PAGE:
Four ways the Dallas Cowboys can gain home field advantage
By Angel Torres
Since the inaugural season of AT&T Stadium (or Cowboys stadium as I like to call it) back in 2009, this home has not given the Dallas Cowboys a home-field advantage. The next wonder of the world has attracted people from all fanbases and gives them an opportunity to see where “America’s Team” resides.
The only problem with so many fans from other franchises spending big to see their team attempt to win in what some call the North Texas Cathedral is that a visiting team takeover can and has clearly happened on more than one occasion.
Some ridiculed the Washington Football team because they had had trouble filling their stadium with their own fans. But there have been a few Arlington games in the pre-Covid era where the stadium had more visible visiting team colors than I would prefer.
The stadium gives fans easy access to restrooms and concessions but there should have been more of an effort to design the stadium with crowd noise in mind.
If you didn’t know, the Seattle Seahawks built their partially open-air stadium with crowd noise as their ally. The Seahawks built their stadium closer and smaller to the field but was also built with materials that better reflect noise.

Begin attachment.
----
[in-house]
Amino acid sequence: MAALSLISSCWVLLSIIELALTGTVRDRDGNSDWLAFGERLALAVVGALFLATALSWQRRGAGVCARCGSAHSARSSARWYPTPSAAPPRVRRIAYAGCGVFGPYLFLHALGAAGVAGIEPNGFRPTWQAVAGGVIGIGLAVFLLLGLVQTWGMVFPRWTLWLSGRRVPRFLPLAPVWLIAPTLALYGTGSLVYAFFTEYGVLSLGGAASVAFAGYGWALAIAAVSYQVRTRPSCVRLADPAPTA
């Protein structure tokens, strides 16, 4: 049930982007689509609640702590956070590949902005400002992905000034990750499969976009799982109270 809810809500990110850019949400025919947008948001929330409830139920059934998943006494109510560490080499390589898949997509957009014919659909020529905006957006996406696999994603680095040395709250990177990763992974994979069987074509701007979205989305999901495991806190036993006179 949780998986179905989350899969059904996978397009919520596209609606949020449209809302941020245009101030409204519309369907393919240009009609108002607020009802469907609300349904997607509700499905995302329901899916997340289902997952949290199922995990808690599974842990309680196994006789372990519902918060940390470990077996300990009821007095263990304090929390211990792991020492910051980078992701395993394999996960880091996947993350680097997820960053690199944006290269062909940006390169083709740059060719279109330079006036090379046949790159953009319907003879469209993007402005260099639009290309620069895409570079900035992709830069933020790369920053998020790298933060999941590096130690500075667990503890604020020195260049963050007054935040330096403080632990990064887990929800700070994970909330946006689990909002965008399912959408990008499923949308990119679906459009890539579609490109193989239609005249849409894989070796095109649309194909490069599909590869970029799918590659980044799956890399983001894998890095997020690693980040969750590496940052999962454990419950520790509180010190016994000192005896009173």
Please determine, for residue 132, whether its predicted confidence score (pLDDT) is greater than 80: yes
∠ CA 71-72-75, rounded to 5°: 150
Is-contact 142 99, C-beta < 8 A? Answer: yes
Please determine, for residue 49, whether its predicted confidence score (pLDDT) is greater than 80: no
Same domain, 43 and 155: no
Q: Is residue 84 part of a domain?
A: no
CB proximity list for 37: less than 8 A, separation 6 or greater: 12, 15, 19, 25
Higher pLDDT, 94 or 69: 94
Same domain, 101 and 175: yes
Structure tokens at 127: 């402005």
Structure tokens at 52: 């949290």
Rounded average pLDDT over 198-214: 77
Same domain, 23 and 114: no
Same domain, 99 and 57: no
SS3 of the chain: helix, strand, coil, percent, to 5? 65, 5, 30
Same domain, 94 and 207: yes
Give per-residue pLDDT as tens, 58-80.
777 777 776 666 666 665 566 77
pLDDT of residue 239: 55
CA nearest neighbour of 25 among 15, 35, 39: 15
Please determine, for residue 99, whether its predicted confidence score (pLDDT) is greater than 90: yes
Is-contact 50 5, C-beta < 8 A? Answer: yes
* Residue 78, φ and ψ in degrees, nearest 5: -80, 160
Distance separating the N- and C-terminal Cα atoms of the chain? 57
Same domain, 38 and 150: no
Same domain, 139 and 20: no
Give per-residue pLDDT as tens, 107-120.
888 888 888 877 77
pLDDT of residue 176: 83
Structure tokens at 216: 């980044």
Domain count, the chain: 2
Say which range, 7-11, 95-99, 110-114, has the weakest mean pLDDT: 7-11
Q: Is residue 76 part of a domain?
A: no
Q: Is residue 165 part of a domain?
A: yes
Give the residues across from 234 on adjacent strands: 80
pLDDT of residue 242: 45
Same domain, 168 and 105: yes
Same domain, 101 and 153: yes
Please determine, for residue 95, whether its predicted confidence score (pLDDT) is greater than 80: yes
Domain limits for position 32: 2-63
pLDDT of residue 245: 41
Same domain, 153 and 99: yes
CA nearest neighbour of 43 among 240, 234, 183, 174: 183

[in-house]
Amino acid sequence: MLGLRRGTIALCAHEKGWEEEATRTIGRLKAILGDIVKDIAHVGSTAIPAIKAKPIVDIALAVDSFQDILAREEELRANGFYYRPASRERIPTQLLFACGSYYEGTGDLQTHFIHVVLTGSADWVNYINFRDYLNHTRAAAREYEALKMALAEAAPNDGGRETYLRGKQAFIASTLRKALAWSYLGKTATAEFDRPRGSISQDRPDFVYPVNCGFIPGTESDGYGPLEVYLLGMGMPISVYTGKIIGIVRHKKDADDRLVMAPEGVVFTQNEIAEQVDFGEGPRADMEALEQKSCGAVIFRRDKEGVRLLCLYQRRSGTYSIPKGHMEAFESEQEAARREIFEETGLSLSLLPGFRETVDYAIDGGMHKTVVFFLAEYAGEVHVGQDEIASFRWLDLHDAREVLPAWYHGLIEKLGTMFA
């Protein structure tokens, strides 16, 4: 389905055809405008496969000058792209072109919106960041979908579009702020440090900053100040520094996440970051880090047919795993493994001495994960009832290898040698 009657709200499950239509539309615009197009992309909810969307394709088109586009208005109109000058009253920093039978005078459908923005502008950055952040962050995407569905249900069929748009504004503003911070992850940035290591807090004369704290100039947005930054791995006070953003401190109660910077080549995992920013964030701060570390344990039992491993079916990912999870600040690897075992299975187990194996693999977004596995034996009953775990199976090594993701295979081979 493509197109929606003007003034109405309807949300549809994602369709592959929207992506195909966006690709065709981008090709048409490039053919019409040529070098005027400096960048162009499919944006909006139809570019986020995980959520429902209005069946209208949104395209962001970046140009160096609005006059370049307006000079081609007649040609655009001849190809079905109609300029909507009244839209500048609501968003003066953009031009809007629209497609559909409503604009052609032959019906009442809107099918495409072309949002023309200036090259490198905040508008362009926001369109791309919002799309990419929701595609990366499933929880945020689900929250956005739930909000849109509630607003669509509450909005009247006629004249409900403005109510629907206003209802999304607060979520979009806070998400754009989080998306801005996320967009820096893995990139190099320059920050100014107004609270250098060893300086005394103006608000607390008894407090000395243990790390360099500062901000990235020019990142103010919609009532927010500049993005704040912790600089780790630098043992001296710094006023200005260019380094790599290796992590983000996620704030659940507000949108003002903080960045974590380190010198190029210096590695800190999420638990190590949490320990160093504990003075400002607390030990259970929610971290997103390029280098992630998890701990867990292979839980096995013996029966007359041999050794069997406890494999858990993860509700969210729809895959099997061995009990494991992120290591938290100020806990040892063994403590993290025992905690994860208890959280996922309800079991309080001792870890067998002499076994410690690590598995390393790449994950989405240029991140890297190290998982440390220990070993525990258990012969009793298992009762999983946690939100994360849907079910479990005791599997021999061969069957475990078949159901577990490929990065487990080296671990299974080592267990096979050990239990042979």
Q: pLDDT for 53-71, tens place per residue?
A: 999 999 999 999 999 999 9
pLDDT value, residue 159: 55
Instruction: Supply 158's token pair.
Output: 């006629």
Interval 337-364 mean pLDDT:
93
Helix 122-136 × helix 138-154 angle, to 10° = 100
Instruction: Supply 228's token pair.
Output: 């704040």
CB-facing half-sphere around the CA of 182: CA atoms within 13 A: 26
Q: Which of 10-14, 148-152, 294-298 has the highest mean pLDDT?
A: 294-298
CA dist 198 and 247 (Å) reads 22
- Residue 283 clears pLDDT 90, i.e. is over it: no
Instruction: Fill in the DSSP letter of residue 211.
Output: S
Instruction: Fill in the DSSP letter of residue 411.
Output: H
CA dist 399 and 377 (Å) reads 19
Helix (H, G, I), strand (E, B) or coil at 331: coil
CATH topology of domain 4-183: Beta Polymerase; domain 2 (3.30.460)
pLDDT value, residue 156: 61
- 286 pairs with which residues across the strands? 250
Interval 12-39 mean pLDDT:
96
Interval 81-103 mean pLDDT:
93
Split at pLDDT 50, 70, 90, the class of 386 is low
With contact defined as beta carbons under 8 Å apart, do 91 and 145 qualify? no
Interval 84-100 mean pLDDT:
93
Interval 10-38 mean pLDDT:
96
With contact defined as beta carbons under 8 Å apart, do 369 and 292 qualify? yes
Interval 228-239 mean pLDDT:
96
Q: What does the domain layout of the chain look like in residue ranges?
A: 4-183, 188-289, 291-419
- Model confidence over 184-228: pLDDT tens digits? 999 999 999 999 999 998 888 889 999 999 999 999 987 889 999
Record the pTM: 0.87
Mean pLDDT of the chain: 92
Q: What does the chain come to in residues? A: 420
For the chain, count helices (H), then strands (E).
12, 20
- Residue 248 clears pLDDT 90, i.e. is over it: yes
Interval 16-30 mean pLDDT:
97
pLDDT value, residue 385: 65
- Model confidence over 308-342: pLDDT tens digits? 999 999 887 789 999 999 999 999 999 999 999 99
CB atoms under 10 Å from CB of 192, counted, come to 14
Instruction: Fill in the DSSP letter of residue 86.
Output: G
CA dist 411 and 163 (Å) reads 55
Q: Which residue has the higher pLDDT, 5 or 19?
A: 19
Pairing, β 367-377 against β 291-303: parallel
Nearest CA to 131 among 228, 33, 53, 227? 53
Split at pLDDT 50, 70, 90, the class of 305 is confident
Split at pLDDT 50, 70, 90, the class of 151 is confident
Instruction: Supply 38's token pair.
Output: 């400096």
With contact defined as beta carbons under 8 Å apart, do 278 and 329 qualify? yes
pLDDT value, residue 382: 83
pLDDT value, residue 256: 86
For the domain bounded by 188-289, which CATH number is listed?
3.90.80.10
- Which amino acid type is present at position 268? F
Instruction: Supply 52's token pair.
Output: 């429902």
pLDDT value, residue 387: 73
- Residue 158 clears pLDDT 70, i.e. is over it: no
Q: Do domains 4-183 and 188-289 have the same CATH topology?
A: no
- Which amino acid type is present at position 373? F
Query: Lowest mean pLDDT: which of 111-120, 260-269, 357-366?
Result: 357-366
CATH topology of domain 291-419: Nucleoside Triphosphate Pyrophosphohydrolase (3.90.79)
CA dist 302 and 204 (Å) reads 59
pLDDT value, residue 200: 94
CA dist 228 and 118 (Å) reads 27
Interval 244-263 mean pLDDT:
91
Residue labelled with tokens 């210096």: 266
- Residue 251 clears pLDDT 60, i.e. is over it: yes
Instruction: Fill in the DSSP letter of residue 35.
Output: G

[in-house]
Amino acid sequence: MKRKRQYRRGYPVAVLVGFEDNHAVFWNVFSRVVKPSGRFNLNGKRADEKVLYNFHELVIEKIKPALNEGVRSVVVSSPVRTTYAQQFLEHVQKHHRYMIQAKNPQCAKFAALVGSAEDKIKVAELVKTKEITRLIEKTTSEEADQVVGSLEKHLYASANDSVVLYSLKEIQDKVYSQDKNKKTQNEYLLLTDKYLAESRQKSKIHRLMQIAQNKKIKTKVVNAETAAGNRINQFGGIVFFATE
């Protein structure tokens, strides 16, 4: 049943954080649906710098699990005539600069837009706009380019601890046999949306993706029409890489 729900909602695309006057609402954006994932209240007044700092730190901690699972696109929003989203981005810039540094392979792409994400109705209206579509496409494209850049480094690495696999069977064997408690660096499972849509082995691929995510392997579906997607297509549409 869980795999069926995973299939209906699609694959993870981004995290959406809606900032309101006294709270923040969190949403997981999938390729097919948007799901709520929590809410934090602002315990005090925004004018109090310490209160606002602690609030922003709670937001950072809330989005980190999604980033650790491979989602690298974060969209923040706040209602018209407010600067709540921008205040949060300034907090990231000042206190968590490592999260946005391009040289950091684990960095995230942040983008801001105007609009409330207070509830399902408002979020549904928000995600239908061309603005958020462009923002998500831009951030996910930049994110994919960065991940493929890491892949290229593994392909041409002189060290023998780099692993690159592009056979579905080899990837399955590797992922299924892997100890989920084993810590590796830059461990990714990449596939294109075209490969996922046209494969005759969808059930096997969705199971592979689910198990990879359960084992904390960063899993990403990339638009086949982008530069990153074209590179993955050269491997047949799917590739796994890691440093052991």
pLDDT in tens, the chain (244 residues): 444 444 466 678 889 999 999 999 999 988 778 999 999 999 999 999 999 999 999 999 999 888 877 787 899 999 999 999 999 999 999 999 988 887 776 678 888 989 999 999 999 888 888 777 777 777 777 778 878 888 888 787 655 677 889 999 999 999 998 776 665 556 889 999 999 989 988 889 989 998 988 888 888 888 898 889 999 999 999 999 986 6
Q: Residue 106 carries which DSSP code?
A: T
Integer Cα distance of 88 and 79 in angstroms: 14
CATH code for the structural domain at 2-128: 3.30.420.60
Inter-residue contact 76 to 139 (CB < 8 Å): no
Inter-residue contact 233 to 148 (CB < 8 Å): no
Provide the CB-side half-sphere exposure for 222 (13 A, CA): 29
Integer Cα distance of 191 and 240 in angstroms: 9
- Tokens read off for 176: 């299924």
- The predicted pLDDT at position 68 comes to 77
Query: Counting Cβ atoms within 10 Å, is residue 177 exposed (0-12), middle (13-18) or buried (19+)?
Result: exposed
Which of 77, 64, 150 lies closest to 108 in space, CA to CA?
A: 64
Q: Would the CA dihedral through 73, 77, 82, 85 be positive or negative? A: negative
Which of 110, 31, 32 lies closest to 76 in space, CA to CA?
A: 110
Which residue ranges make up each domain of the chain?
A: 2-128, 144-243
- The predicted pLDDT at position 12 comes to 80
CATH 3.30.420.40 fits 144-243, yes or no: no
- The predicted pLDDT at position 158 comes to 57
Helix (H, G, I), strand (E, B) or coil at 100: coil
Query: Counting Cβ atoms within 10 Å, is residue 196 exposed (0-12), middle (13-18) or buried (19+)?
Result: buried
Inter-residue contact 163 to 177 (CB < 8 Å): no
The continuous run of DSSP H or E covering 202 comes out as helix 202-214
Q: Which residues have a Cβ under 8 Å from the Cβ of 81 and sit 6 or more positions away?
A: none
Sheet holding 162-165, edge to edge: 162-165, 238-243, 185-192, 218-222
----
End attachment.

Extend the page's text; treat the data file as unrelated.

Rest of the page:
The curvature of the roof allows noise to bounce back onto the field creating an immediate and hostile environment.
While most teams have to prepare for crowd noise when on the road, an extra set of attention has to be paid when visiting a stadium like Seattle. Silent counts and hand gestures have to be worked out in order to combat the loud atmosphere. It isn’t uncommon for teams to try and make their visitors uncomfortable in order to gain an edge.
I still remember rumors of the old New York Giants stadium workers opening multiple doors in their stadium tunnel in order to create a swirling wind on the field in order to gain a competitive advantage. There have also been multiple teams investigated for pumping fake crowd noise through their PA system in order to try and make their stadium louder.
Green Bay Packers quarterback looks like he is very comfortable every time he plays in Dallas and I have to wonder how different the outcome would have been if AT&T Stadium was as loud as Arrowhead Stadium, home of the Kansas City Chiefs.
The only competitive advantage the team has is the sun can sometimes blind opponents during a game depending on the time of day. This “advantage” could also hurt the Cowboys so I’m not sure how competitive that is.
The point I am trying to make is teams will try just about anything to create a home-field advantage and since the NFL has come up with multiple rules to try and limit the noise, it has now fallen upon the fans to defend the home turf.
I have come up with four suggestions that could possibly help the on-field product with the help of a little off-field ingenuity.